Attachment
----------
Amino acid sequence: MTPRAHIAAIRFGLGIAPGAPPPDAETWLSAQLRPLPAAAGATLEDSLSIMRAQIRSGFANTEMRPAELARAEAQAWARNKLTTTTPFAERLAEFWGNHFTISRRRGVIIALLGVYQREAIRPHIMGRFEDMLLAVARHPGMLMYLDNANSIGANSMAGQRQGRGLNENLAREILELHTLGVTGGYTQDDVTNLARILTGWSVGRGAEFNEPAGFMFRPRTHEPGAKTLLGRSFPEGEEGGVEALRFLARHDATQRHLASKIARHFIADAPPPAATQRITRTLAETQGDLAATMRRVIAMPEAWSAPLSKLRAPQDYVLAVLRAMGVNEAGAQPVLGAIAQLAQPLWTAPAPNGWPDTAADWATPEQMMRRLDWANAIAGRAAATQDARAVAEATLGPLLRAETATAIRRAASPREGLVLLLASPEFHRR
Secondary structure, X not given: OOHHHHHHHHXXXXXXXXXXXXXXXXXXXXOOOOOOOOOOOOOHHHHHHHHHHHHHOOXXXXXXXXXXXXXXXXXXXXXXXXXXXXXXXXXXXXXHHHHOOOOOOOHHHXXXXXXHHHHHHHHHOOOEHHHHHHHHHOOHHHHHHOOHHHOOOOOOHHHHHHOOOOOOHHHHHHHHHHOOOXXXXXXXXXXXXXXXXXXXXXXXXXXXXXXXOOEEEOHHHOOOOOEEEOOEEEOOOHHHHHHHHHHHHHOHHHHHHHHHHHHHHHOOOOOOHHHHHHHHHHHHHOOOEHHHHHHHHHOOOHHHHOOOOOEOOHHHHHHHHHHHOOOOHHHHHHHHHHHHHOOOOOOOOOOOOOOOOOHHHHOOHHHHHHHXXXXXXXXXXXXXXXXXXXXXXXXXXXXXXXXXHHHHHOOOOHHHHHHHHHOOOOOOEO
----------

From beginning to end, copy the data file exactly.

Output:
Amino acid sequence: MTPRAHIAAIRFGLGIAPGAPPPDAETWLSAQLRPLPAAAGATLEDSLSIMRAQIRSGFANTEMRPAELARAEAQAWARNKLTTTTPFAERLAEFWGNHFTISRRRGVIIALLGVYQREAIRPHIMGRFEDMLLAVARHPGMLMYLDNANSIGANSMAGQRQGRGLNENLAREILELHTLGVTGGYTQDDVTNLARILTGWSVGRGAEFNEPAGFMFRPRTHEPGAKTLLGRSFPEGEEGGVEALRFLARHDATQRHLASKIARHFIADAPPPAATQRITRTLAETQGDLAATMRRVIAMPEAWSAPLSKLRAPQDYVLAVLRAMGVNEAGAQPVLGAIAQLAQPLWTAPAPNGWPDTAADWATPEQMMRRLDWANAIAGRAAATQDARAVAEATLGPLLRAETATAIRRAASPREGLVLLLASPEFHRR
Secondary structure, X not given: OOHHHHHHHHXXXXXXXXXXXXXXXXXXXXOOOOOOOOOOOOOHHHHHHHHHHHHHOOXXXXXXXXXXXXXXXXXXXXXXXXXXXXXXXXXXXXXHHHHOOOOOOOHHHXXXXXXHHHHHHHHHOOOEHHHHHHHHHOOHHHHHHOOHHHOOOOOOHHHHHHOOOOOOHHHHHHHHHHOOOXXXXXXXXXXXXXXXXXXXXXXXXXXXXXXXOOEEEOHHHOOOOOEEEOOEEEOOOHHHHHHHHHHHHHOHHHHHHHHHHHHHHHOOOOOOHHHHHHHHHHHHHOOOEHHHHHHHHHOOOHHHHOOOOOEOOHHHHHHHHHHHOOOOHHHHHHHHHHHHHOOOOOOOOOOOOOOOOOHHHHOOHHHHHHHXXXXXXXXXXXXXXXXXXXXXXXXXXXXXXXXXHHHHHOOOOHHHHHHHHHOOOOOOEO